Are You An Over-eater?

Do you or anyone you know count calories? It’s been used by many dieters and health “gurus” out there, but is it really necessary? Are we all wasting our time counting the glorious calorie when we could be spending more of our time doing something interesting? Although before we go too much further, if you are trying to lose weight, struggling to do so and have been known for overeating in the past, calorie counting can be beneficial just to keep your portion sizes within the normal range.

For instance, I saw this man in a service station once when I was paying for my fuel. I never eat food from these places as it just doesn’t interest me, but what this man ordered, nearly made me sick. Not to mention how sick he must have felt after it. He was severely obese and obviously had some issues, but from memory, he ordered a hot dog, a serve of some pasta dish and a plate of something that looked like beef stroganoff. Now all of these three meals would have filled up a normal person, but he took all 3 and sat down by himself to eat it. Someone like this could definitely benefit from counting calories.

Most of us athletes don’t struggle with our weight, apart from keeping it on, but even people who have struggled in the past to hold a healthy weight can maintain their weight without this mundane practice. I like to prioritize quality of foods over quantity and unless you are similar to the gentleman mentioned above, it is very hard to overeat when you are consuming high quality, nutrient dense foods. Let me explain…

Take your average breakfast cereal or usual two slices of toast for breakfast. Both these foods due to the highly processed nature of them, are high in carbohydrate, but quite depleted in any other nutrient. They are digested rapidly, hit the blood stream quickly sending you blood sugar soaring, your body reacts by sending out insulin to stabilize the sugar levels (much of it gets stored as fat if your glycogen levels are already up), you get a sugar crash as the insulin does too good a job, leaving you craving that donut (or other high carb snack) when you get to work. Repeat this process a number of times a day and you can see why excess weight gain is an issue for so many (even many runners). Not to mention the other health implications it causes down the track.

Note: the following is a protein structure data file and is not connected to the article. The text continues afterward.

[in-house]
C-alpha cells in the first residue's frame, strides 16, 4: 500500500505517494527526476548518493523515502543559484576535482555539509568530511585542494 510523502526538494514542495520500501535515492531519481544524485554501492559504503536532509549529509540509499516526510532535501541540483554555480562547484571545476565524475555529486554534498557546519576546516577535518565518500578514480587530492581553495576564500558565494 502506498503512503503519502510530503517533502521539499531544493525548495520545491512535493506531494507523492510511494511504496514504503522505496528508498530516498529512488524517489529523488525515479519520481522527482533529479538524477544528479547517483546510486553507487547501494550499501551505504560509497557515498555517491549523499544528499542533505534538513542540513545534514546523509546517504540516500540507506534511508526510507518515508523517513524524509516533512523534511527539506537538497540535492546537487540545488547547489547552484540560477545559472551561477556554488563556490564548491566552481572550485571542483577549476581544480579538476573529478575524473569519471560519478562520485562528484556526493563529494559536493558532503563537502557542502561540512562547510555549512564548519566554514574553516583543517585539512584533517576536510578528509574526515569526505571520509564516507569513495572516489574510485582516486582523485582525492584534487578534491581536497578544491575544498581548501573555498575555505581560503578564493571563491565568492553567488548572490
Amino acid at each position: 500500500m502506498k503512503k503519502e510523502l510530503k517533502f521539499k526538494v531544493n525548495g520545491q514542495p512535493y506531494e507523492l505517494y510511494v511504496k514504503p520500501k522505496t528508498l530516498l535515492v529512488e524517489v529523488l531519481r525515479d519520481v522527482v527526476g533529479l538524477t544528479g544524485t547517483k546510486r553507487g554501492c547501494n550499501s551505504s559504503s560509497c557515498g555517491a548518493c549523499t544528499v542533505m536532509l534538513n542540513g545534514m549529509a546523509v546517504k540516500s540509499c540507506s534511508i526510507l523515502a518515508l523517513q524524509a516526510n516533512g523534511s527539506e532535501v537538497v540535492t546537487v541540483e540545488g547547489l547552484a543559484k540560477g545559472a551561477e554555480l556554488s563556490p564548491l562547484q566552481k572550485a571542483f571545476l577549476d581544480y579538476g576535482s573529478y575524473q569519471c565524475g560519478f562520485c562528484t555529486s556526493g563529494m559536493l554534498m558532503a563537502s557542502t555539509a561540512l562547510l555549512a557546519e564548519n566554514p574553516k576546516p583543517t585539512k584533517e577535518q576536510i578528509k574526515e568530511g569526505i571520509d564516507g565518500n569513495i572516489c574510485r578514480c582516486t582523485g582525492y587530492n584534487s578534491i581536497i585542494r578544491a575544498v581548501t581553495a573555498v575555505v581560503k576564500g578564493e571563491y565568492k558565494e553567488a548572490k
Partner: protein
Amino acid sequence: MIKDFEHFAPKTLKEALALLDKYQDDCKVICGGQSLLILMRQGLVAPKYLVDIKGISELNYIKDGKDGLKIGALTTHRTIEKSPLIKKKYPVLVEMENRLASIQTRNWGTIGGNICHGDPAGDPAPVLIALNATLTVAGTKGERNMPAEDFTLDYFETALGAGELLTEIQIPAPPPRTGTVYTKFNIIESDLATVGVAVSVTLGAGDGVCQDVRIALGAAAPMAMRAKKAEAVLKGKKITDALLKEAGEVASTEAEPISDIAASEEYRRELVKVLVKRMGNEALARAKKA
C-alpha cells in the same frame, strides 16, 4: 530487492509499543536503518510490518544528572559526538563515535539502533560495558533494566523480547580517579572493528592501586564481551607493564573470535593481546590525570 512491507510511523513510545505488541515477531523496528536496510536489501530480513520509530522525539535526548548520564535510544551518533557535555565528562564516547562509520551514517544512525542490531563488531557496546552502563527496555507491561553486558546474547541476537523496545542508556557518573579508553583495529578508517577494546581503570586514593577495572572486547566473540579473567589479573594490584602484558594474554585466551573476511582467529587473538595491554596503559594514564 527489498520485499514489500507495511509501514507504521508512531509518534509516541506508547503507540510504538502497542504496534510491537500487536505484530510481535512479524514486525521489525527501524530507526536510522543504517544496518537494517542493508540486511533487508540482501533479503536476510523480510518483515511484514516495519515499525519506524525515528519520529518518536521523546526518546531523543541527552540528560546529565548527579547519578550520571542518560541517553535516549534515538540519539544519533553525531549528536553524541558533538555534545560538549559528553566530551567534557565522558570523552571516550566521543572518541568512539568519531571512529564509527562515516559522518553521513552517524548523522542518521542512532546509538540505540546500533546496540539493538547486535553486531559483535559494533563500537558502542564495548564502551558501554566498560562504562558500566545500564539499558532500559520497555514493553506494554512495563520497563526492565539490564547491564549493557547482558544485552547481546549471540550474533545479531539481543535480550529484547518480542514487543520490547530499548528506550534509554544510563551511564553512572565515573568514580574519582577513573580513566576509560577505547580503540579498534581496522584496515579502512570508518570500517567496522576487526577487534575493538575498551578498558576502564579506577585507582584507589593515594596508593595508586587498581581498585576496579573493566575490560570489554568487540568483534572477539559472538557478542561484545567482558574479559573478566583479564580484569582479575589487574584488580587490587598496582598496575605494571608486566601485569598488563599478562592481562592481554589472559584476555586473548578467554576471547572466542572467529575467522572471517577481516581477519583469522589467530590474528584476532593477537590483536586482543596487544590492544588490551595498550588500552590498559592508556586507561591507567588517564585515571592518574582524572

Compare that to a meal that contains a good ratio of carbs, fat and protein, you may end up eating more calories in that meal than the breakfast cereal or toast, but the result is far different. This meal is digested far slower, meaning there is no major insulin response, you stay fuller for longer as fat and protein take far longer to digest than carbs meaning that donut doesn’t look so tempting at morning snack time. In fact, done right, sometimes you won’t even be hungry until lunch time.

The fact is that when people eat a diet containing a good ratio of carbs, fats and proteins, at the end of the day, their caloric intake tends to be lower than the high carb dieters. This is the main reason, along with all the studies coming out debunking the myths that fat causes all sorts of illnesses, that I eat a diet high in fats, proteins and lower glycemic vegetables. It tends to be far higher in vitamins and minerals too. Leave the high carb foods for recovery meals after your training sessions when you actually need it.

If you need advice on losing weight while training, or tips on just improving your diet for that extra performance, feel free to email me with your questions. I would be more than happy to help out.

Run Well

Chris O’Driscoll

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